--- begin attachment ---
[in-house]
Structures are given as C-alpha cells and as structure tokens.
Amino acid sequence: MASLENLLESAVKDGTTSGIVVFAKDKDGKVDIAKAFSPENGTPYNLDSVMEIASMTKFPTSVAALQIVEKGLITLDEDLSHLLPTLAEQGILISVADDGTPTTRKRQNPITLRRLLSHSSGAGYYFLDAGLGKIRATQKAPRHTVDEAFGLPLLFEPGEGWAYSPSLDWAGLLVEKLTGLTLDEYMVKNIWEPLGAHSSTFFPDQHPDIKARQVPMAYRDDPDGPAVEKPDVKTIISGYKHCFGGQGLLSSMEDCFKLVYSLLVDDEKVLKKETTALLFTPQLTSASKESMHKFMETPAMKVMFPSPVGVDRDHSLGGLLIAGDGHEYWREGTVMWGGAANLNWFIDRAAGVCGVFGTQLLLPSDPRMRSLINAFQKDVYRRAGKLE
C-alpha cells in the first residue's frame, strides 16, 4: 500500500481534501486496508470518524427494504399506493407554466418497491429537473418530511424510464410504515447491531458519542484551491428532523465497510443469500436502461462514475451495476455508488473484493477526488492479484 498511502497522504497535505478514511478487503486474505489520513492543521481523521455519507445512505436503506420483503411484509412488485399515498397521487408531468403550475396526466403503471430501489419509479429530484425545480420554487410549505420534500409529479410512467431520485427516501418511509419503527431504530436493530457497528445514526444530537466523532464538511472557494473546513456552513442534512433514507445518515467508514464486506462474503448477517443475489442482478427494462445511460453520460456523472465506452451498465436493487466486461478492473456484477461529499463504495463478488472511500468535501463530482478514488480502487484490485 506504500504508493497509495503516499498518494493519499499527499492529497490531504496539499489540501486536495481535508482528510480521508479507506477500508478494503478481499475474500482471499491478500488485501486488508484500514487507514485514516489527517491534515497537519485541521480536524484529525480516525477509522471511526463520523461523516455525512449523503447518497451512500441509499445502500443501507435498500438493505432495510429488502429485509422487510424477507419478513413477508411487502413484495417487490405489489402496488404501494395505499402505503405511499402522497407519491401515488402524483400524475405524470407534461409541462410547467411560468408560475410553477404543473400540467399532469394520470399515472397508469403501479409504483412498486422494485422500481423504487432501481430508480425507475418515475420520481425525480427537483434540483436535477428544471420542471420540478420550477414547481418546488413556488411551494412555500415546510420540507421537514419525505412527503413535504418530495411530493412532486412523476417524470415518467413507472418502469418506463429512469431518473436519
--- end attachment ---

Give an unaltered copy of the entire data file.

[in-house]
Structures are given as C-alpha cells and as structure tokens.
Amino acid sequence: MASLENLLESAVKDGTTSGIVVFAKDKDGKVDIAKAFSPENGTPYNLDSVMEIASMTKFPTSVAALQIVEKGLITLDEDLSHLLPTLAEQGILISVADDGTPTTRKRQNPITLRRLLSHSSGAGYYFLDAGLGKIRATQKAPRHTVDEAFGLPLLFEPGEGWAYSPSLDWAGLLVEKLTGLTLDEYMVKNIWEPLGAHSSTFFPDQHPDIKARQVPMAYRDDPDGPAVEKPDVKTIISGYKHCFGGQGLLSSMEDCFKLVYSLLVDDEKVLKKETTALLFTPQLTSASKESMHKFMETPAMKVMFPSPVGVDRDHSLGGLLIAGDGHEYWREGTVMWGGAANLNWFIDRAAGVCGVFGTQLLLPSDPRMRSLINAFQKDVYRRAGKLE
C-alpha cells in the first residue's frame, strides 16, 4: 500500500481534501486496508470518524427494504399506493407554466418497491429537473418530511424510464410504515447491531458519542484551491428532523465497510443469500436502461462514475451495476455508488473484493477526488492479484 498511502497522504497535505478514511478487503486474505489520513492543521481523521455519507445512505436503506420483503411484509412488485399515498397521487408531468403550475396526466403503471430501489419509479429530484425545480420554487410549505420534500409529479410512467431520485427516501418511509419503527431504530436493530457497528445514526444530537466523532464538511472557494473546513456552513442534512433514507445518515467508514464486506462474503448477517443475489442482478427494462445511460453520460456523472465506452451498465436493487466486461478492473456484477461529499463504495463478488472511500468535501463530482478514488480502487484490485 506504500504508493497509495503516499498518494493519499499527499492529497490531504496539499489540501486536495481535508482528510480521508479507506477500508478494503478481499475474500482471499491478500488485501486488508484500514487507514485514516489527517491534515497537519485541521480536524484529525480516525477509522471511526463520523461523516455525512449523503447518497451512500441509499445502500443501507435498500438493505432495510429488502429485509422487510424477507419478513413477508411487502413484495417487490405489489402496488404501494395505499402505503405511499402522497407519491401515488402524483400524475405524470407534461409541462410547467411560468408560475410553477404543473400540467399532469394520470399515472397508469403501479409504483412498486422494485422500481423504487432501481430508480425507475418515475420520481425525480427537483434540483436535477428544471420542471420540478420550477414547481418546488413556488411551494412555500415546510420540507421537514419525505412527503413535504418530495411530493412532486412523476417524470415518467413507472418502469418506463429512469431518473436519